Thanks for all your suggestions, BabyGrand. The idea of playing in public (in fact, in front of anyone) would be a huge problem for him. Even playing for one person would be very stressful, which is why he doesn't want to take any practical exams. I'm pretty sure that it would also deter him from getting together with my other adult pupils. As he got to know me better, he eventually stopped shaking in his lessons and realized that I am a very calm and relaxed teacher and that I never put any pressure on him. Although he still berates himself when he plays a wrong note.
I often ask him if there's anything special he wants to play and have introduced him to various kinds of music. He very much likes playing Martha Mier pieces but I think he feels that he shouldn't only play pieces that he enjoys! It's quite a complicated situation and I'm giving a lot of thought as to how best to help him. Again, thanks to everyone who has offered suggestions - I really do appreciate it.
I have some adult students who do not want to perform in front of others or take an exam etc, who still love coming along to our group events. There is never any pressure to perform in front of the group. It's like a cross between a group class, an ensemble and a social gathering; it's definitely not a concert! We do a lot of playing together as a group (this is with a mixture of piano and violin students, and sometimes singing students too), along with learning and discussing things together. I let them suggest topics, and we have covered things like improvisation, how to play with others, practice strategies, performance nerves, playing in different styles, etc. When there are 5 or 10 people all playing at the same time, no-one feels "exposed"....it's a very safe environment. Duet lessons are also popular with my performance-shy students - they feel ok because they are playing at the same time, not in front of one another.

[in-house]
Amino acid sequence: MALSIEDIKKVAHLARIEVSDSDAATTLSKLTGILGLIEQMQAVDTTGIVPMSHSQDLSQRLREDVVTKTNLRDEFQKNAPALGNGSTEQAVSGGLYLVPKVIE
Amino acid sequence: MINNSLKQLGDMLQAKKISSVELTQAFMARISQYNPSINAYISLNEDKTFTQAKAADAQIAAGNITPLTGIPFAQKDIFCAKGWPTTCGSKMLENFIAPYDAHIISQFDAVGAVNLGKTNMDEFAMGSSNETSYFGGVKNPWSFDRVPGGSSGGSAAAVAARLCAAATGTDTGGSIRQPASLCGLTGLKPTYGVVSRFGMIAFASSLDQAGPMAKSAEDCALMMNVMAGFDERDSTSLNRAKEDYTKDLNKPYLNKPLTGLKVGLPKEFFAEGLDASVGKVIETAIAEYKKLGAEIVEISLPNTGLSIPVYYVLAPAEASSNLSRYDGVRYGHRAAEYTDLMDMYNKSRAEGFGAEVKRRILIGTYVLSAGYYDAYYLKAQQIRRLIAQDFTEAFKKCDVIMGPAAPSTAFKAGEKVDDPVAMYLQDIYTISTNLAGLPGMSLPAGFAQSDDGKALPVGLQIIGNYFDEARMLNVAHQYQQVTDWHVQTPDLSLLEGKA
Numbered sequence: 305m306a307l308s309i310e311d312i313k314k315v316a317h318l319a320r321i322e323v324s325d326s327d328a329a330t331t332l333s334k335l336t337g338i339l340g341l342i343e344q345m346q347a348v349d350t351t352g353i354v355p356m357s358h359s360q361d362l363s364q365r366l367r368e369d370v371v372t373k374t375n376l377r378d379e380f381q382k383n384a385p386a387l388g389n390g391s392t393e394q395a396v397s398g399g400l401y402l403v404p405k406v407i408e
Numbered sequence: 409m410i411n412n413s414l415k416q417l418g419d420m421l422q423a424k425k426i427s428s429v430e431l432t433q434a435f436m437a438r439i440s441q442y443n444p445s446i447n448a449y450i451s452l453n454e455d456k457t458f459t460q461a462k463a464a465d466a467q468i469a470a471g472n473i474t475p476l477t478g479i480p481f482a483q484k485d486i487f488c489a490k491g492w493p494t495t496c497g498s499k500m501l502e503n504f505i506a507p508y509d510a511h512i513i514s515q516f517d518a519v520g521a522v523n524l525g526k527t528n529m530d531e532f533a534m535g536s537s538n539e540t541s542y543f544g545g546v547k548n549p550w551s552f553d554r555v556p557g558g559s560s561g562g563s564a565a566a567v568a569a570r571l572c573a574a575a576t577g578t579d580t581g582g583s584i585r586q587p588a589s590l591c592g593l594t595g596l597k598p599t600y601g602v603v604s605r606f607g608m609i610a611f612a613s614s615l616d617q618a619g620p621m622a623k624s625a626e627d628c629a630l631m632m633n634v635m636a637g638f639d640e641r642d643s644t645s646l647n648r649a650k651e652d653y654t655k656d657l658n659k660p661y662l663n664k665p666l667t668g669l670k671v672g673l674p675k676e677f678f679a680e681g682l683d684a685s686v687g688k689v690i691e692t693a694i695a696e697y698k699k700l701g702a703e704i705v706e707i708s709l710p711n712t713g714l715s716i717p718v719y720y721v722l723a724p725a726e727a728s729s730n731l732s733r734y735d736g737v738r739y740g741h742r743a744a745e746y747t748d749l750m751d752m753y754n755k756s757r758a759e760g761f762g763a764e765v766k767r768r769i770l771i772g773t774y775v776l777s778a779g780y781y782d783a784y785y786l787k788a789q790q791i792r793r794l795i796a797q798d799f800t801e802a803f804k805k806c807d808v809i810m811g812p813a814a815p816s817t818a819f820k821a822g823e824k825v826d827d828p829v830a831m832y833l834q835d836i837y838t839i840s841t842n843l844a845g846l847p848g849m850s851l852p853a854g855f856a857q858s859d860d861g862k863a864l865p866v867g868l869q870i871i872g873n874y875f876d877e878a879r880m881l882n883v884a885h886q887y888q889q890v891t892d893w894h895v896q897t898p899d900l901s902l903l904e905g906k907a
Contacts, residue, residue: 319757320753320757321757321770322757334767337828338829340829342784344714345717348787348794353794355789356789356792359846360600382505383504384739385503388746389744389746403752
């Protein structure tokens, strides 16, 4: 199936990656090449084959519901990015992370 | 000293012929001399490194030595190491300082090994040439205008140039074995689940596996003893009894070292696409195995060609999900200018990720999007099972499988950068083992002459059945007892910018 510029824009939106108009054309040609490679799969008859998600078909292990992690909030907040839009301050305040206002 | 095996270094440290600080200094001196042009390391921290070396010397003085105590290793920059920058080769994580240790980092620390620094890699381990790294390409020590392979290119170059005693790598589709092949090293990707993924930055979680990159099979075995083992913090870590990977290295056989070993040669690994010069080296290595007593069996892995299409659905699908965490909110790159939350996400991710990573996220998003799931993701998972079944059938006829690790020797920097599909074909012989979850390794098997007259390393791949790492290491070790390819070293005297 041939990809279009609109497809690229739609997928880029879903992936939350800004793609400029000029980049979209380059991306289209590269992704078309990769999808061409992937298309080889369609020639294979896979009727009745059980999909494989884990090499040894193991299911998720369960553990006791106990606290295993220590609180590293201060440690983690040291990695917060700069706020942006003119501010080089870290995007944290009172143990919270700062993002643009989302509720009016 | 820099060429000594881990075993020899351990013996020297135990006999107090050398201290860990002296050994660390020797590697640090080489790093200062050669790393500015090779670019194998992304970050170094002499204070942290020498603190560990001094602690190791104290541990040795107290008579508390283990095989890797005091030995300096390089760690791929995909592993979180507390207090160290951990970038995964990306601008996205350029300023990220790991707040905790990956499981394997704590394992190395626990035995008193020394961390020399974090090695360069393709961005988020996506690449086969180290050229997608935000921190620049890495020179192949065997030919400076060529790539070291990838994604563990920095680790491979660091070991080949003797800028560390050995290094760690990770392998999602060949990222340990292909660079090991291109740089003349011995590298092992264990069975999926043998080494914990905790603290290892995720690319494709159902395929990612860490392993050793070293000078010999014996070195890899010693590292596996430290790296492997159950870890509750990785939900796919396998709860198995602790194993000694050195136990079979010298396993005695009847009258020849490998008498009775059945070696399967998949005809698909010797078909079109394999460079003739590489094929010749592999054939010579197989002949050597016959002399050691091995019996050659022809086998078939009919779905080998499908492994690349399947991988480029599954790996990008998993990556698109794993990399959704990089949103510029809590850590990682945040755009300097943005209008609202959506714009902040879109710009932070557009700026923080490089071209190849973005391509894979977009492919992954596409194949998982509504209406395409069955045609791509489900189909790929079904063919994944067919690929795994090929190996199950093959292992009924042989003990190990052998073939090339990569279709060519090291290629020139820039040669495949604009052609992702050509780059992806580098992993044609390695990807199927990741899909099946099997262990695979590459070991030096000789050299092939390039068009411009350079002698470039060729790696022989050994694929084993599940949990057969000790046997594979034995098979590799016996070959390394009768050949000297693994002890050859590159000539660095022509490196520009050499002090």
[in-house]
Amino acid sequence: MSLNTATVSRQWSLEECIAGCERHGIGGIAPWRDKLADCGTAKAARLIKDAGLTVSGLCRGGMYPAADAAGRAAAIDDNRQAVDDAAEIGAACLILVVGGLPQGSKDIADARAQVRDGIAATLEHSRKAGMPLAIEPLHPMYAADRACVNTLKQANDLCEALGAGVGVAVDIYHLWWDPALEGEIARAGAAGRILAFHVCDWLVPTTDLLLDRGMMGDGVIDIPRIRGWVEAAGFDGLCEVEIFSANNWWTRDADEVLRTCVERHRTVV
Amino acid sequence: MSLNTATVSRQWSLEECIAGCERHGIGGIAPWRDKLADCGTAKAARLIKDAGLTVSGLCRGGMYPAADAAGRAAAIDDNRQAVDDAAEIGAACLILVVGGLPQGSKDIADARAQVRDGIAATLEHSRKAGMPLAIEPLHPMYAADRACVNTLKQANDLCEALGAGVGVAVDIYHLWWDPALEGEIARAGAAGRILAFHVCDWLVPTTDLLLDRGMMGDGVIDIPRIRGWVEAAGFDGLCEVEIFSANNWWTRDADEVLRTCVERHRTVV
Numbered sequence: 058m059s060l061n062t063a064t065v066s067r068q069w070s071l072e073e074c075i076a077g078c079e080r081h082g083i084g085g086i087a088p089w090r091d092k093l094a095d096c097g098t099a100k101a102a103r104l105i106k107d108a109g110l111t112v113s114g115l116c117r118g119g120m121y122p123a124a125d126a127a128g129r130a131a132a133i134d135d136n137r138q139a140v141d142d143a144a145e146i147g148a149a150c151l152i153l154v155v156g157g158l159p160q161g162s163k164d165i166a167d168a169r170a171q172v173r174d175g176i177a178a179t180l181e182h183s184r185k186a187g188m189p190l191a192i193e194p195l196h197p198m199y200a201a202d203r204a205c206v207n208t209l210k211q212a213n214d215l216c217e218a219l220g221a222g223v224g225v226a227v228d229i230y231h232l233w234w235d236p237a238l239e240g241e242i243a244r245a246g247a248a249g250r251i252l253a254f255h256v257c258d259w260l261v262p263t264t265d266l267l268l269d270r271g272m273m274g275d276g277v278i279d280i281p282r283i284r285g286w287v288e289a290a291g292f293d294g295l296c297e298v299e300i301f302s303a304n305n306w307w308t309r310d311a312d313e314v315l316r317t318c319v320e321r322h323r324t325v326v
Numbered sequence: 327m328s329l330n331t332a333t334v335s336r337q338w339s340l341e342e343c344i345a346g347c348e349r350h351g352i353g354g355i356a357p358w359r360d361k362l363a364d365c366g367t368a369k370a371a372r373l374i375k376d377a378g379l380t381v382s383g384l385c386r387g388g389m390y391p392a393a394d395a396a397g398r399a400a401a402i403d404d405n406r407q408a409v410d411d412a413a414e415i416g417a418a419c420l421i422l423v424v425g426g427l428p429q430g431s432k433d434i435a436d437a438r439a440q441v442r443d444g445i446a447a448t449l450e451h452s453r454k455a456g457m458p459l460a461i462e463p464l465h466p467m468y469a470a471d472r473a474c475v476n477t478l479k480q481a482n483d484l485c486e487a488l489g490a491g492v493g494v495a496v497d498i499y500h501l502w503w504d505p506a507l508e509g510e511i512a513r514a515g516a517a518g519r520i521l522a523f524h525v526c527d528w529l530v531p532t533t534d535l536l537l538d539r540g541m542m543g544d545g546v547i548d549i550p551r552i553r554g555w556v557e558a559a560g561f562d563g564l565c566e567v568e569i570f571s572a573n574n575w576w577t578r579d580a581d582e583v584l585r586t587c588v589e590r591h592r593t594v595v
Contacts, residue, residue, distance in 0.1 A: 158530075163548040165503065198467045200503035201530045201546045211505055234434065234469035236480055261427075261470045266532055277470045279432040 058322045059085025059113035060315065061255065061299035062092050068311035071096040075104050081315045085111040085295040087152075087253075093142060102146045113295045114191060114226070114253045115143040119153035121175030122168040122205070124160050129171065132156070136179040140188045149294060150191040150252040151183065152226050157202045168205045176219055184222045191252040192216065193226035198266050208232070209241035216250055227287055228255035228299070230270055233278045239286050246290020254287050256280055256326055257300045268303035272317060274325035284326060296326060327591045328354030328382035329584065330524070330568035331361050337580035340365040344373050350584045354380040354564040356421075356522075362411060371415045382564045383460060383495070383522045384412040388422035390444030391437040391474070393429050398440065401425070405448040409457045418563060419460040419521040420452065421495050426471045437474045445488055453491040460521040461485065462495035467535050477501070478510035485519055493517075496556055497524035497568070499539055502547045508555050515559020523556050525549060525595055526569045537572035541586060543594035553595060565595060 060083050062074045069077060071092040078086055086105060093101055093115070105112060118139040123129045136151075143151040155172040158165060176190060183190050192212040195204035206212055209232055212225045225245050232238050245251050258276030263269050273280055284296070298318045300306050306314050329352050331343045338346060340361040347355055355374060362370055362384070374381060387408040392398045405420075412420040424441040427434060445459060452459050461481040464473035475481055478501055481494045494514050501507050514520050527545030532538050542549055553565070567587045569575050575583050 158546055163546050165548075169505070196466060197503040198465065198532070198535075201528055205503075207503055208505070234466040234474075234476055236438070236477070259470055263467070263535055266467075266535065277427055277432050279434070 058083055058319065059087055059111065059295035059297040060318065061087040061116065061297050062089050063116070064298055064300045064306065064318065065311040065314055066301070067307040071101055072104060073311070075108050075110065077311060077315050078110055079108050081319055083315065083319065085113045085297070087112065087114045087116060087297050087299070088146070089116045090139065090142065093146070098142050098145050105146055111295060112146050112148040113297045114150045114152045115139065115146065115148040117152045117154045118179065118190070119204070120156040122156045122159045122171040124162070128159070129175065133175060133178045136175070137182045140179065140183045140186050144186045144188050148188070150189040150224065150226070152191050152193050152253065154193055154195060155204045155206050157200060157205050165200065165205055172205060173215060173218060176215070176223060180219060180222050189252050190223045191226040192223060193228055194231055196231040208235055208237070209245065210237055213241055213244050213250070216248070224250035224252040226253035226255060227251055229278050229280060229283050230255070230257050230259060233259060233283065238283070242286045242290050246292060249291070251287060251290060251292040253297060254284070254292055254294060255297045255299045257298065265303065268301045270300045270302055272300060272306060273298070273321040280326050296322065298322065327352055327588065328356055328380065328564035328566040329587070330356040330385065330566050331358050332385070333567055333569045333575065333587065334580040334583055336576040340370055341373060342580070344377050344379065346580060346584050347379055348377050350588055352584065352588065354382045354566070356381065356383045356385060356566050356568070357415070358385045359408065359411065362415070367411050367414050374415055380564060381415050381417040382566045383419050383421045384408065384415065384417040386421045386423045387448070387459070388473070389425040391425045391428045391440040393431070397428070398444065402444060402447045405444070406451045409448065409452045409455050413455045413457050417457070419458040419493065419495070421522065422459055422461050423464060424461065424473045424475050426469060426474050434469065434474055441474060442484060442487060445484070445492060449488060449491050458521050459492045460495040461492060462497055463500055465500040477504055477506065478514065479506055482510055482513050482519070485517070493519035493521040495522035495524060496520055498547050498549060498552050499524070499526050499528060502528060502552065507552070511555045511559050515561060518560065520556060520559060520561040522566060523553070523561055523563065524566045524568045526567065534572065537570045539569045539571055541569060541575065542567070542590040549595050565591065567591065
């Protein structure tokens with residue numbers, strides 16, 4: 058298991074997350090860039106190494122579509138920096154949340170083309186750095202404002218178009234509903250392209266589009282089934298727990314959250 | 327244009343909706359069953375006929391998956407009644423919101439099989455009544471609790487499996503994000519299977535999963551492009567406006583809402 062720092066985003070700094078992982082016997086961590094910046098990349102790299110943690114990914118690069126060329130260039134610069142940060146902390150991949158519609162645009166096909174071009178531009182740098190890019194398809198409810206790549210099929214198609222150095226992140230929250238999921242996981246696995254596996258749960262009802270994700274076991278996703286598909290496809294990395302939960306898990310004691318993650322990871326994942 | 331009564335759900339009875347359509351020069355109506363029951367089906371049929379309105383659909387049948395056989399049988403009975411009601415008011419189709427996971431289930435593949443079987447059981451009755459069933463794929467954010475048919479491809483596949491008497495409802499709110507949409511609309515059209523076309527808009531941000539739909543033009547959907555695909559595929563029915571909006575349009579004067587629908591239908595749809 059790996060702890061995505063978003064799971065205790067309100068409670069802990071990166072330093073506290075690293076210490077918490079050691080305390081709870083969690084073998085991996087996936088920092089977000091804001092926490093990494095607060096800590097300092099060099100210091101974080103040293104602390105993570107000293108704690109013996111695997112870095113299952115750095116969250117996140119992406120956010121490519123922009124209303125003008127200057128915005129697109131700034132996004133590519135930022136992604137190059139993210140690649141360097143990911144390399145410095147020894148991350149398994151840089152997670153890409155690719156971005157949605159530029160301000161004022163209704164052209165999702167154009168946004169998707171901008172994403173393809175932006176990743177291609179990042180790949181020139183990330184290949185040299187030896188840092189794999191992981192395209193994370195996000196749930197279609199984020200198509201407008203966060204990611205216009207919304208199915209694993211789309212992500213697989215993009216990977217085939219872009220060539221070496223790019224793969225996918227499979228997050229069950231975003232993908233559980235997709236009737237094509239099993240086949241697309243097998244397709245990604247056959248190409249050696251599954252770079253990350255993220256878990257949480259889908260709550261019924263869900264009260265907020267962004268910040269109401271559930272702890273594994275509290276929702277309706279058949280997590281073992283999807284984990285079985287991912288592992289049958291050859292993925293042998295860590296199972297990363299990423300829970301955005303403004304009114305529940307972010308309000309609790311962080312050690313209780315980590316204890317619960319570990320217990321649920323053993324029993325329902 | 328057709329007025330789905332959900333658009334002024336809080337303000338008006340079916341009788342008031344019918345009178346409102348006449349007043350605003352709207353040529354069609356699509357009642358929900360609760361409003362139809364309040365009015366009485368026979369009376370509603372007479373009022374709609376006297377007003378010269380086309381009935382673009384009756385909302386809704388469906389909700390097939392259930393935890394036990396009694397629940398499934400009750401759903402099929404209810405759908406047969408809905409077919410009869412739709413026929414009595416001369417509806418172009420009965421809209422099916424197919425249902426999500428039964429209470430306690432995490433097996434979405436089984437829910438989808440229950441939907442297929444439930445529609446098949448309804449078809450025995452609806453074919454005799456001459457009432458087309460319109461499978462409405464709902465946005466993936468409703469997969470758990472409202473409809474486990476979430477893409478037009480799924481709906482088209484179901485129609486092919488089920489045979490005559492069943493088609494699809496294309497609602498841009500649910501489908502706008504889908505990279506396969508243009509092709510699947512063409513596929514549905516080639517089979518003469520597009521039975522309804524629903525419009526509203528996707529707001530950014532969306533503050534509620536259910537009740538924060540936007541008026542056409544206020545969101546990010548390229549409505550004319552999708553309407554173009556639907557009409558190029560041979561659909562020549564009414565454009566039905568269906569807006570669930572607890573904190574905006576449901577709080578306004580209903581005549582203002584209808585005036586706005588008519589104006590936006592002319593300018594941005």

I have also been surprised in the past - when I've asked the group if anyone would like to play something for the others, and a student who had incredibly severe anxiety issues and had told me she never wanted to play in front of anyone piped up "Ok, I will"! She still would never want to do exams or play in a concert, but she played for our little group. I would never have dreamed of asking her to do it, but I was delighted that she felt comfortable enough to want to.
I also agree with BadStrad. Maybe your student needs to be given "permission" to just enjoy his playing - to enjoy where he's at for a while, without feeling any (self-imposed) pressure to progress. It's fine for him to play some music he likes for a while, and it's fine for him just to sit at his piano and play pieces he loves because he loves playing. Maybe it would help for him to know that you actually would love to hear that he had gone to his piano and just sat and played for pure enjoyment, rather than him feeling that he's somehow letting you down / not doing what he's "supposed" to / being lazy etc. He doesn't need to feel bad or guilty about where he's at. If the best thing for him right now is to play the music he loves, then that's ok. There's no rule that says he has to be doing X, Y or Z. Of course you know that, but maybe he needs to hear you say it.
On a practical level, if he loves Martha Mier but feels he "should" be trying other composers, could you try some music in a similar style by a different composer? There's quite a wealth of material out there. Maybe just having a new book would feel like a new challenge? I have a lot of this kind of music on my shelves....roughly what sort of level is his playing? And I can see if I can suggest some options.
I love teaching my adult students, but they are definitely a lot more complex than children! It's a great challenge for us as teachers to work out how we can best help each of them.